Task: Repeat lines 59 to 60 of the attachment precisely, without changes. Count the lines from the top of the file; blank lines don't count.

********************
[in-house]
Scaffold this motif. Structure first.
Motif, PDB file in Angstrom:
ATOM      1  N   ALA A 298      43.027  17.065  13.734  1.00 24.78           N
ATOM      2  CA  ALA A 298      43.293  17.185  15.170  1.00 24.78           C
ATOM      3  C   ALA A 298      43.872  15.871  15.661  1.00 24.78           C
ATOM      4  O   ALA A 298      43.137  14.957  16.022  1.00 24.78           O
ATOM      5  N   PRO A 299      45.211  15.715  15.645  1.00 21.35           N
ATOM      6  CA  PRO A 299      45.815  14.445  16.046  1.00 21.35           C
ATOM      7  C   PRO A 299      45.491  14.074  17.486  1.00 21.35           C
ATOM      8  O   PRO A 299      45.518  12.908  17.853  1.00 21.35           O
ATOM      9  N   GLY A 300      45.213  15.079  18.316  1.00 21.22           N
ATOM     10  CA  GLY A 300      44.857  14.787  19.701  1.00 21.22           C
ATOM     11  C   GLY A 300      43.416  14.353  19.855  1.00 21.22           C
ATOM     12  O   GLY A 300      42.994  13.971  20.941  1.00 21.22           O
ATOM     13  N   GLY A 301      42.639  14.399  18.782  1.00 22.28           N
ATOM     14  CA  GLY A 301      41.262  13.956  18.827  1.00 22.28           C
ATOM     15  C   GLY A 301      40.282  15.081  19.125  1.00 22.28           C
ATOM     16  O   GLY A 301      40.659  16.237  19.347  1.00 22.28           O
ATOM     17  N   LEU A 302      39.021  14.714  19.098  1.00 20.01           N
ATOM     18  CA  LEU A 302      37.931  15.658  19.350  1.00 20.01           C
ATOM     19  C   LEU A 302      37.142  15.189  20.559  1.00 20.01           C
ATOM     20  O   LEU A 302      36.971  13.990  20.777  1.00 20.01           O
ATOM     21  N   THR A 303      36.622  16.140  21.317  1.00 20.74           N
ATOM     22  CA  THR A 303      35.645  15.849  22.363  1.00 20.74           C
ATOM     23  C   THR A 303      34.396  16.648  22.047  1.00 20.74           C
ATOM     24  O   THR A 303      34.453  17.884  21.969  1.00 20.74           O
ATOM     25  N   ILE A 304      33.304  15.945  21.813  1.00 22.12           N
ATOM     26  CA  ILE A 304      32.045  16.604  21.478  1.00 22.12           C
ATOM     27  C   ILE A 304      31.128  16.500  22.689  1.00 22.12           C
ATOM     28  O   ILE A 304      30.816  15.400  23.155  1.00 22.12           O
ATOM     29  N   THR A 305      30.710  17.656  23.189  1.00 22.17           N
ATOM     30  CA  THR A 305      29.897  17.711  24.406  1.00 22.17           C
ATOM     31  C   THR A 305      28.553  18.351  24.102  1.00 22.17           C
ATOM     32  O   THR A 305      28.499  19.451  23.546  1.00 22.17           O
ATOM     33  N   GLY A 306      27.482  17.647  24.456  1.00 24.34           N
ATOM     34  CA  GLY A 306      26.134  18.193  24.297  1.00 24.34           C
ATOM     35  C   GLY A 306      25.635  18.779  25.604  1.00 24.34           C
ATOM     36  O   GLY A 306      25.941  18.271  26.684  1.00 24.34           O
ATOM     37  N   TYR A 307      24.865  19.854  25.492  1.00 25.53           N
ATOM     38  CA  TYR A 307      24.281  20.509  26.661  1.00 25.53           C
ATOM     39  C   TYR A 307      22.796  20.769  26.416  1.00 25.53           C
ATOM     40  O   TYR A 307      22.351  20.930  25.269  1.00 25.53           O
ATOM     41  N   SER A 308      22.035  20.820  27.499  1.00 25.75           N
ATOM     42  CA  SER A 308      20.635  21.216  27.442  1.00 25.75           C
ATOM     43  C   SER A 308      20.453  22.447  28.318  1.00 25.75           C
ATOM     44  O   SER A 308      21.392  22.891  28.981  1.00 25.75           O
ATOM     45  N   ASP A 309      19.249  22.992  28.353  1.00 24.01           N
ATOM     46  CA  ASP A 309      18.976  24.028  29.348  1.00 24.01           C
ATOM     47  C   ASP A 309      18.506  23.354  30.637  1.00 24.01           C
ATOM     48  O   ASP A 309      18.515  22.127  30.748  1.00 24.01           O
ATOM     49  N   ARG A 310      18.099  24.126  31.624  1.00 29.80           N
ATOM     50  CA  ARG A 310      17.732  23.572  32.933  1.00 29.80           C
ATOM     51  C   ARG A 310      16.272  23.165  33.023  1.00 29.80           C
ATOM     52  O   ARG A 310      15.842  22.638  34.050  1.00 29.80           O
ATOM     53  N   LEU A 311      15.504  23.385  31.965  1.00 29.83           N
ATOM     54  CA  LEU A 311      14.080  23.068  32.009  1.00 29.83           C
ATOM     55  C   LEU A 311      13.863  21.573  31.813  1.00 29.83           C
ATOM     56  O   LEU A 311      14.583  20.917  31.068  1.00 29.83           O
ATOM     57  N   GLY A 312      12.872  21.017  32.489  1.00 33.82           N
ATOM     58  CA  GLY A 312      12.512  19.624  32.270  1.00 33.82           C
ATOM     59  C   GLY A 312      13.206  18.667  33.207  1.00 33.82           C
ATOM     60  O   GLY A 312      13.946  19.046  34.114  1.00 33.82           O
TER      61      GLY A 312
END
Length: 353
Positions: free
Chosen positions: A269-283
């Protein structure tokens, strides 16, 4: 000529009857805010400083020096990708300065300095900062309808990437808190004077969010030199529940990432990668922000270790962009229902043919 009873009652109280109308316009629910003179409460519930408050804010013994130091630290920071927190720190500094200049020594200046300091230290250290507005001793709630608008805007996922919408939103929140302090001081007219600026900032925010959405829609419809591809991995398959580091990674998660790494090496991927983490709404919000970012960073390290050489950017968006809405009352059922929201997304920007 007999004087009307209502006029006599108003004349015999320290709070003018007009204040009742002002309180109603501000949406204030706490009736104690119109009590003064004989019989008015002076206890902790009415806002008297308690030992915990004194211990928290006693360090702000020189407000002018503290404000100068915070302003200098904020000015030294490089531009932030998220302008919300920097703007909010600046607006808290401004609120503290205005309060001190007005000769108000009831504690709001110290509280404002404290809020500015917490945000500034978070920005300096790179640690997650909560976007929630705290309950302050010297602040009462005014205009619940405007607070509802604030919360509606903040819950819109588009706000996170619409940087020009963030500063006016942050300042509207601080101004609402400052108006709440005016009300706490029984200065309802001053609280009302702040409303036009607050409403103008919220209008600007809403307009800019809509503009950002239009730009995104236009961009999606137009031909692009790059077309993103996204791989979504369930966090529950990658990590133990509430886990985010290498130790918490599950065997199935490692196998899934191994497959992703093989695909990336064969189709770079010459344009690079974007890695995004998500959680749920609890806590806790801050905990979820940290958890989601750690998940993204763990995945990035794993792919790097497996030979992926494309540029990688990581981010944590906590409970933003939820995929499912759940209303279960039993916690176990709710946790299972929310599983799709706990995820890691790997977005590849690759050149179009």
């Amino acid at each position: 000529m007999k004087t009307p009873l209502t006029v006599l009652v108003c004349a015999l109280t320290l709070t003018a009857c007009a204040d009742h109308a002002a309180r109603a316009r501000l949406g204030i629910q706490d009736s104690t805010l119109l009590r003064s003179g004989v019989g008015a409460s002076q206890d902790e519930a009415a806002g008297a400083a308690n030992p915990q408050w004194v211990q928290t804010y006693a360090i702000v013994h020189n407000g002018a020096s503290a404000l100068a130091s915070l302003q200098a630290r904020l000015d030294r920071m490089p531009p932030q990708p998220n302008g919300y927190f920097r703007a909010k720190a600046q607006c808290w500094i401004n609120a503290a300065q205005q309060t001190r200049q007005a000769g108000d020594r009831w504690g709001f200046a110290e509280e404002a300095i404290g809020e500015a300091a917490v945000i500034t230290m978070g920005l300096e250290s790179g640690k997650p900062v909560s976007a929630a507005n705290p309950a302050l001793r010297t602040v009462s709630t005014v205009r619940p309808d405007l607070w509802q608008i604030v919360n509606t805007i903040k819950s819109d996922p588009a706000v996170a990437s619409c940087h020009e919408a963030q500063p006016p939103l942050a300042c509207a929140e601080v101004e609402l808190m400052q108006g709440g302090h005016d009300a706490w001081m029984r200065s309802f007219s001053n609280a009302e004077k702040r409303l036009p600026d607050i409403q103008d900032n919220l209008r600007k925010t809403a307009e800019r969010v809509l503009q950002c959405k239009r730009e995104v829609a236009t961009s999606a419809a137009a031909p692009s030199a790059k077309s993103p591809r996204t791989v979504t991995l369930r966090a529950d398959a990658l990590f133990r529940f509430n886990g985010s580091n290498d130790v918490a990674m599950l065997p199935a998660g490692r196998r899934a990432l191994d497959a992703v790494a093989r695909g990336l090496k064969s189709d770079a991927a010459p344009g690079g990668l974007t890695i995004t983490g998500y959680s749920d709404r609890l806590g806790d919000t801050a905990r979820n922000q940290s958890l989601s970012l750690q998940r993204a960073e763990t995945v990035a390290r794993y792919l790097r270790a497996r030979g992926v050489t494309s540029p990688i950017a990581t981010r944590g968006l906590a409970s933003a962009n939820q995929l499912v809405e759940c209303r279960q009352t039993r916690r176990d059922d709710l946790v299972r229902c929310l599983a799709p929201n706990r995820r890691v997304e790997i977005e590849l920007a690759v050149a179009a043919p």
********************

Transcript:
ATOM     56  O   LEU A 311      14.583  20.917  31.068  1.00 29.83           O
ATOM     57  N   GLY A 312      12.872  21.017  32.489  1.00 33.82           N